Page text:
Tuesday, September 18, 2007

3.0--The Paragraph

A. Here’s the problem:

The argument or interpretation you advance in an essay is built on a series of paragraphs, each serving a definite purpose. For that reason, you spent the first quarter of your ninth-grade year practicing how to write strong, effective paragraphs. Later, you began to assemble series of paragraphs into expository essays. I’m not going to speak here of first and last paragraphs; I’ll save those thoughts for the fourth section of this text. My purpose in this third chapter is to remind you of things you already know about the paragraphs that comprise the middle of your essay but sometimes forget to use.

B. What to do:
Practice the basics. Look at the topic sentences you’ve written for each of your body paragraphs as you revise. See if you’ve fully supported and developed key ideas. Ask yourself if you’ve provided smooth transitions between your statements. Remember the difference between detail and commentary and look for ways to sharpen and expand your commentary sentences. End paragraphs with clinchers, strong sentences that draw the most logical conclusions from the evidence you’ve presented.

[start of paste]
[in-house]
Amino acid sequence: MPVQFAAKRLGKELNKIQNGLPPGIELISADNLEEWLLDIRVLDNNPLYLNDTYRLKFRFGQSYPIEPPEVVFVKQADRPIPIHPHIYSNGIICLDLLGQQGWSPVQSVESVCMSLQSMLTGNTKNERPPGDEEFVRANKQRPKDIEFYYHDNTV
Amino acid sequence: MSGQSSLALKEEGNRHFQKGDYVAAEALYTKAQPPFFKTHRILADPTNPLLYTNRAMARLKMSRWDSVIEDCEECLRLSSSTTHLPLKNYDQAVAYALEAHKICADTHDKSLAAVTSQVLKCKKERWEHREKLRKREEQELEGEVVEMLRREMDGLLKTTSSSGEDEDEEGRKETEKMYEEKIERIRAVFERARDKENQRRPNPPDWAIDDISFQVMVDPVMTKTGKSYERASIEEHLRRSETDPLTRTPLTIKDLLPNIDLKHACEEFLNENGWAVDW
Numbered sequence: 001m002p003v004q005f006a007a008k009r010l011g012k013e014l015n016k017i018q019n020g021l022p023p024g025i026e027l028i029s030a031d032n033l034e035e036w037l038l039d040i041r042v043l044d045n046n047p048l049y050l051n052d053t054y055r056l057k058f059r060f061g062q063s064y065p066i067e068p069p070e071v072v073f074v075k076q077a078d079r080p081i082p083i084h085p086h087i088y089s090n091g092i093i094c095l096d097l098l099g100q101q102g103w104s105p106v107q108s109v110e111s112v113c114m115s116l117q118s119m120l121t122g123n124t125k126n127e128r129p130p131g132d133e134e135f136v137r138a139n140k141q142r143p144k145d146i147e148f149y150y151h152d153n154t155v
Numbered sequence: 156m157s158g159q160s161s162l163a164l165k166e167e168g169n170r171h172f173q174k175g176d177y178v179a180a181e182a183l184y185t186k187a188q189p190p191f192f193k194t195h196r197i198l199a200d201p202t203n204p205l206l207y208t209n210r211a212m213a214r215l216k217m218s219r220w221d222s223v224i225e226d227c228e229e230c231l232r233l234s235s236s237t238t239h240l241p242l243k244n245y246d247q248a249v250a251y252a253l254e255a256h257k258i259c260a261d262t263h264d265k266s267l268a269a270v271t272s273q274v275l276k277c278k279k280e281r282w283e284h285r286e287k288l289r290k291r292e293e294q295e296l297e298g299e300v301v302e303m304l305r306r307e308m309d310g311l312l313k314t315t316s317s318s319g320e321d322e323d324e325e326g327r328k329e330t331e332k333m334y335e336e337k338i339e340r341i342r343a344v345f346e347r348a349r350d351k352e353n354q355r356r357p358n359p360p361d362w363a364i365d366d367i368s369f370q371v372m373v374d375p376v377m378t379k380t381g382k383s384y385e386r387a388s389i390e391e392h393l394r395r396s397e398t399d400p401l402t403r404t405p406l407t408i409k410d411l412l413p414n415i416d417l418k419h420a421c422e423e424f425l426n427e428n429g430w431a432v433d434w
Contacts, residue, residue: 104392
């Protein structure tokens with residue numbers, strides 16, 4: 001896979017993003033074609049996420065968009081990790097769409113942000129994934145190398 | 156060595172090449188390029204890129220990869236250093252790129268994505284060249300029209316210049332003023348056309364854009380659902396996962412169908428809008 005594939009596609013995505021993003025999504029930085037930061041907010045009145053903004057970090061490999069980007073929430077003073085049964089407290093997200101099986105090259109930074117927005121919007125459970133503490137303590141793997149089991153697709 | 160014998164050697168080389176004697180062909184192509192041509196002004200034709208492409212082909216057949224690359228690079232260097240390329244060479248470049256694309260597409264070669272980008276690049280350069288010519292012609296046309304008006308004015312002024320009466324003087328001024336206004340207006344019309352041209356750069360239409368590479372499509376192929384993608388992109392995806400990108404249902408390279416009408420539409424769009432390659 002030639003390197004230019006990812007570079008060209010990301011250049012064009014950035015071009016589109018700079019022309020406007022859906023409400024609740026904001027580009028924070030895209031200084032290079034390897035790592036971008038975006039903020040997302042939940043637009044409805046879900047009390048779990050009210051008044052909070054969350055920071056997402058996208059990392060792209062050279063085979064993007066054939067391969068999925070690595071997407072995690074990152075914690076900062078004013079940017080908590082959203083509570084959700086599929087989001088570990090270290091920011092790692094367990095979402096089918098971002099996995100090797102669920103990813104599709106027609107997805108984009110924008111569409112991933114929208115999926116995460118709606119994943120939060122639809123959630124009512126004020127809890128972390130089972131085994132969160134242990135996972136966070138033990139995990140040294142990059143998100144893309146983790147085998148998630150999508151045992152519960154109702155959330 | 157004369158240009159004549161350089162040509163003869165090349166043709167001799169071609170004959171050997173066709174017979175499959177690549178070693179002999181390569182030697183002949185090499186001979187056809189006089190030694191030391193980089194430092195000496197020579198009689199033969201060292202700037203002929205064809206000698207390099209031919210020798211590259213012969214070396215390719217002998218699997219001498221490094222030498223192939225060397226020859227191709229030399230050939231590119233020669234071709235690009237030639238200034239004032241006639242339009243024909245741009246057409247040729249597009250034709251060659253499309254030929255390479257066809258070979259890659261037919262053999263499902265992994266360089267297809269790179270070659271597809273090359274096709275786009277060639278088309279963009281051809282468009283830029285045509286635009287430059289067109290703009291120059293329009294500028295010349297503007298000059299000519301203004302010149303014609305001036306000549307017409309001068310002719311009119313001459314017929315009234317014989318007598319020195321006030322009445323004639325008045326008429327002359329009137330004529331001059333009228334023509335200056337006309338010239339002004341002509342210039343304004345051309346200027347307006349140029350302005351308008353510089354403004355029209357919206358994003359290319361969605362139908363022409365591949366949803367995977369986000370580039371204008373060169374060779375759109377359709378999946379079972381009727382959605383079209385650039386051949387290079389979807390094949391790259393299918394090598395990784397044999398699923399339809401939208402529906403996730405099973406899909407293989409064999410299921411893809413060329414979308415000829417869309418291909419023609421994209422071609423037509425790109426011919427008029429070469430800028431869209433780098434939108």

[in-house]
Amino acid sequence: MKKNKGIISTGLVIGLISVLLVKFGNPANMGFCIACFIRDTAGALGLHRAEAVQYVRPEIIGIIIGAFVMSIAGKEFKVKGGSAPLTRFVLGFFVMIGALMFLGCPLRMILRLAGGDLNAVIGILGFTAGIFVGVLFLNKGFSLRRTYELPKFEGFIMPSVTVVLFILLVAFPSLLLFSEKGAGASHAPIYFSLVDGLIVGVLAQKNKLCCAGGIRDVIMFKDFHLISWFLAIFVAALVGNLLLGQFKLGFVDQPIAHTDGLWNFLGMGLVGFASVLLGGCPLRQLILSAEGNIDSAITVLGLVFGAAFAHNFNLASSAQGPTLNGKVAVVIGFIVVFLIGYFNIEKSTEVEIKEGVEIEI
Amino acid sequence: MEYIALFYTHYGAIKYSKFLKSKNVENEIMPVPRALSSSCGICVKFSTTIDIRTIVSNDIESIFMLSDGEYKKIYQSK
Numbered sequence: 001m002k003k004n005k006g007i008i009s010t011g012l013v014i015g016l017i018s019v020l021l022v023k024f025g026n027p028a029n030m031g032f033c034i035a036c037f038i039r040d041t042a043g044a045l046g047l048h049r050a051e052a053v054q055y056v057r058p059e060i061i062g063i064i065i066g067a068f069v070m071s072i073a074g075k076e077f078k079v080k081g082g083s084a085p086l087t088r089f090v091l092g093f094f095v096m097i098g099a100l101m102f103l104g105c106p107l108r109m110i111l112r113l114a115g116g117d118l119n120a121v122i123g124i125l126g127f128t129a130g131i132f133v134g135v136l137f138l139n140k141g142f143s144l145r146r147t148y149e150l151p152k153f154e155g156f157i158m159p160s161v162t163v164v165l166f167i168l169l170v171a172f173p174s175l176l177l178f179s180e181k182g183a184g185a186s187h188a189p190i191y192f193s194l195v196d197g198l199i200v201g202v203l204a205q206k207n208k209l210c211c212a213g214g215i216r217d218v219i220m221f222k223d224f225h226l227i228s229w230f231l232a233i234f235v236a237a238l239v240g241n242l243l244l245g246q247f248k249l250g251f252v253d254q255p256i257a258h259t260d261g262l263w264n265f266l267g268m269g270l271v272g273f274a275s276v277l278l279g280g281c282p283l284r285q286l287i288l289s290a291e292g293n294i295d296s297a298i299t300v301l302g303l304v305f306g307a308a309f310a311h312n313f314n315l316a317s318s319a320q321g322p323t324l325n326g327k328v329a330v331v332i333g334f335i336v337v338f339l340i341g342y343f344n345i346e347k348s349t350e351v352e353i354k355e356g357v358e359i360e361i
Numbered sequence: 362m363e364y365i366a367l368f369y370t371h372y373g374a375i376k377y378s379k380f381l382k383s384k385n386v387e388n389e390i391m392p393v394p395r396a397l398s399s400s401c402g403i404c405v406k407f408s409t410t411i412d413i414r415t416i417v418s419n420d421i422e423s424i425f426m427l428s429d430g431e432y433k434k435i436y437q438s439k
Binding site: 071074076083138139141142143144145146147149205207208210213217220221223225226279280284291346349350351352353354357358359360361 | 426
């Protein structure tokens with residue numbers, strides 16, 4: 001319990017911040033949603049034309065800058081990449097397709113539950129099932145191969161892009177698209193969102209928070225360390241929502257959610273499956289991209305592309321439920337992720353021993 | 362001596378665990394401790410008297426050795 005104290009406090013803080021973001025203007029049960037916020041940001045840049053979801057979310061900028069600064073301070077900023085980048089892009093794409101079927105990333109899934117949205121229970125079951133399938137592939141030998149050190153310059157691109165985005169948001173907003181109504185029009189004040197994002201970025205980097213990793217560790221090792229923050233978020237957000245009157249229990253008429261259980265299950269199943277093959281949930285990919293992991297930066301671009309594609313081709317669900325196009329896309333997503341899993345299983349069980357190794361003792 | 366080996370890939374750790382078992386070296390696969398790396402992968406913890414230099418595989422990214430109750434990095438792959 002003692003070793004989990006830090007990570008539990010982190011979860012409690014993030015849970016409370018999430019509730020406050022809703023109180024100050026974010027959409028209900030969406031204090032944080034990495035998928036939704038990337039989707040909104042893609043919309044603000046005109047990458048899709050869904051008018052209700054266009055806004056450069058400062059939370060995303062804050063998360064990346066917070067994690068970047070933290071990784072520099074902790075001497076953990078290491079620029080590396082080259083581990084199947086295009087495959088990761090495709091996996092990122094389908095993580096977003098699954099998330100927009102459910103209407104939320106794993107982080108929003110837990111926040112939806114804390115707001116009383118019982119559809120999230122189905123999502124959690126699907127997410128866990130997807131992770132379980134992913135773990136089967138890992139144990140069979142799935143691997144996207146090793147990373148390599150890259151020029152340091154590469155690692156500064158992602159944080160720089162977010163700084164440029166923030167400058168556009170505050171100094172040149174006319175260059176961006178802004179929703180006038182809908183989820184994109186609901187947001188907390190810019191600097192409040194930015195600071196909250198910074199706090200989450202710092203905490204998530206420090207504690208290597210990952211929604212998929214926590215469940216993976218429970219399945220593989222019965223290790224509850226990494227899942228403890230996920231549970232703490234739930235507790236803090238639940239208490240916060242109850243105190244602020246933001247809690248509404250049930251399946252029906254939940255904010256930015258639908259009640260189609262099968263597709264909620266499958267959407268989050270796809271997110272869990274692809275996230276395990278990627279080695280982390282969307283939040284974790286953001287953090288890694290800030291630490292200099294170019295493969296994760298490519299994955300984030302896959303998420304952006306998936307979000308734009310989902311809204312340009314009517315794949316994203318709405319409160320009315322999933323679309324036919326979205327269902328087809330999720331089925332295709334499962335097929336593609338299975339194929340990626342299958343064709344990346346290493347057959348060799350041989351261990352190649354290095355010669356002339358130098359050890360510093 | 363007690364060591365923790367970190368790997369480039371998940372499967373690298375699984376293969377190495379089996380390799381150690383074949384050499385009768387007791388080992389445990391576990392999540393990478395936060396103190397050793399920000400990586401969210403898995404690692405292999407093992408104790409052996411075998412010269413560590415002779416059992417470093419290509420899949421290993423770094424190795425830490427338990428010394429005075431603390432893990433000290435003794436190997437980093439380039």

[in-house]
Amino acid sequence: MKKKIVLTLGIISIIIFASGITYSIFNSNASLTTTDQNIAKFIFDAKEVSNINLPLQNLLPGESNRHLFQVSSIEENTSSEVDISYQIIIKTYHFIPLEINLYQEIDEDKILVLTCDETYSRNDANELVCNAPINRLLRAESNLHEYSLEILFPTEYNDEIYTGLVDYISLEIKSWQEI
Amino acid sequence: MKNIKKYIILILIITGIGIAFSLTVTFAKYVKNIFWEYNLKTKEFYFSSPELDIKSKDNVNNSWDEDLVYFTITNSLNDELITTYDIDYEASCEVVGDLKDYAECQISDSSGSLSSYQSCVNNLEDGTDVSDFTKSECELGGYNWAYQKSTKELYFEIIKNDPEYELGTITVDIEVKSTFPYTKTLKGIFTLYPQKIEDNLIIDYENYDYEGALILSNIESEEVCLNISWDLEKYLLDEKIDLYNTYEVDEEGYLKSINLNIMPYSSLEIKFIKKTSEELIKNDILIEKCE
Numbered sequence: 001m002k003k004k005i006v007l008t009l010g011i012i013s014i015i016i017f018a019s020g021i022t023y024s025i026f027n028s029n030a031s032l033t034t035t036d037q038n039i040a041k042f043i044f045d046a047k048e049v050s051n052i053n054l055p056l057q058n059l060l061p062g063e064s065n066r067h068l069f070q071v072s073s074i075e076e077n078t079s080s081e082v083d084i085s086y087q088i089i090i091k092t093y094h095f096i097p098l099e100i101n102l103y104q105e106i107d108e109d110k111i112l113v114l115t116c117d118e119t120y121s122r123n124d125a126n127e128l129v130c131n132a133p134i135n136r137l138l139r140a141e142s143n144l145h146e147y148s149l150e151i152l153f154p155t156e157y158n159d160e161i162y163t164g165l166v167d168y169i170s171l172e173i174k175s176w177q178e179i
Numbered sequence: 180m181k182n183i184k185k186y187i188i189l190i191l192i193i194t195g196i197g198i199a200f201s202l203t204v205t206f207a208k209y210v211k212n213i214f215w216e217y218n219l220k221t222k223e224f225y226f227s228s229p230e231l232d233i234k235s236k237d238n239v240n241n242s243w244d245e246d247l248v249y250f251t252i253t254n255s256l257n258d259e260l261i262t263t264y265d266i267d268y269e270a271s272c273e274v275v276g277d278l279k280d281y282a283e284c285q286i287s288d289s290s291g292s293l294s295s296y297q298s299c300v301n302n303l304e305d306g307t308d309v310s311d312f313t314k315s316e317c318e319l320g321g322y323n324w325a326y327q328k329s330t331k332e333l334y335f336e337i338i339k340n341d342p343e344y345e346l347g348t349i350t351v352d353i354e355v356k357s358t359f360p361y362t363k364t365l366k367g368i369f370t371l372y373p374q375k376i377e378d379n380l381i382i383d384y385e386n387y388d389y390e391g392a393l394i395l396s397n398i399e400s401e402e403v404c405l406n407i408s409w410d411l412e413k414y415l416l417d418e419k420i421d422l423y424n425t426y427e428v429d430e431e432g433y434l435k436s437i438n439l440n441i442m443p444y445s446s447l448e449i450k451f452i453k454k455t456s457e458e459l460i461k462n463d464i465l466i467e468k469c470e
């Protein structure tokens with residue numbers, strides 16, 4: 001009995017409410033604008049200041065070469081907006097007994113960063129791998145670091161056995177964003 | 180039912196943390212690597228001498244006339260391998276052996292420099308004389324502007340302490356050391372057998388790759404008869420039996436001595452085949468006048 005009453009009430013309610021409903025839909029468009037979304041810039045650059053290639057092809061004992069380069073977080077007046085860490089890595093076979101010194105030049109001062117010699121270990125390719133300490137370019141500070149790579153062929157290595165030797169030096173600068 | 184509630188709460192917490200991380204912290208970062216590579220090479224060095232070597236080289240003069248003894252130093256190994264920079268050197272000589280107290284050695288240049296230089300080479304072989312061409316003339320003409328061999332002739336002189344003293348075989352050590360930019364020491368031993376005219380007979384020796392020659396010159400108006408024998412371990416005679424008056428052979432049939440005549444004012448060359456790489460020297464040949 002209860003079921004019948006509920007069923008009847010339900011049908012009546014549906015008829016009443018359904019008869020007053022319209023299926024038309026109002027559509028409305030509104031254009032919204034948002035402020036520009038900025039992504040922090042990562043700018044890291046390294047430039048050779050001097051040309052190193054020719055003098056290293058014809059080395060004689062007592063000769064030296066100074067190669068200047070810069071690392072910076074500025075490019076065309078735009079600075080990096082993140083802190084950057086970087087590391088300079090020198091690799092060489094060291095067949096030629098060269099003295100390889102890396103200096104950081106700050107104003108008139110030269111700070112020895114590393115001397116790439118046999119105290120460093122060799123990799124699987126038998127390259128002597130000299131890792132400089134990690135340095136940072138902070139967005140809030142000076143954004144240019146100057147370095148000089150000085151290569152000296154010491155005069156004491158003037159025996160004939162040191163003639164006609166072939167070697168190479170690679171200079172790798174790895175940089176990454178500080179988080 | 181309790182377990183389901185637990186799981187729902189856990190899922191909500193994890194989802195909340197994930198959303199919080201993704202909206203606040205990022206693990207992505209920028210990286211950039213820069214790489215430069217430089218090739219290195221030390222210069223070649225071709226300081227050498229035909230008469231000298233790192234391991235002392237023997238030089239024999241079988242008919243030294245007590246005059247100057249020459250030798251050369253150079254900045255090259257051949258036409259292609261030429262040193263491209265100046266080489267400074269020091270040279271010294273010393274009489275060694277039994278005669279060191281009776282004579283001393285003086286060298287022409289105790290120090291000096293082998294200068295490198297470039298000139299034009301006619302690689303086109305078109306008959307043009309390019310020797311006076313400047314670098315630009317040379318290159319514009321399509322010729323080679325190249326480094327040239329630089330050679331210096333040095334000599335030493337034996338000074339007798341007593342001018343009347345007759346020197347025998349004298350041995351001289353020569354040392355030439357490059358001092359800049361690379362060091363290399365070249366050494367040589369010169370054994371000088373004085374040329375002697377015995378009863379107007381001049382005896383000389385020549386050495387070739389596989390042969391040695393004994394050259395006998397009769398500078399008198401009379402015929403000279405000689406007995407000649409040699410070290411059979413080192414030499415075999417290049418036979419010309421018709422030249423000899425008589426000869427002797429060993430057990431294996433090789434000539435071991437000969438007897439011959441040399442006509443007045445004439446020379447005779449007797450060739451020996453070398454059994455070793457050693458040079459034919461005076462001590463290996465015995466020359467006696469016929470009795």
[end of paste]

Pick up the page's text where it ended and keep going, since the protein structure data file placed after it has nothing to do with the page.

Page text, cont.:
C. Chapter Outline:

3.1 Topic sentences
3.2 Plot summary
3.3 Coherent, unified focus
3.4 Transitions
3.5 Development of focus
3.6 Evidence
3.7 Commentary I
3.8 Commentary II: Balance
3.9 Clinchers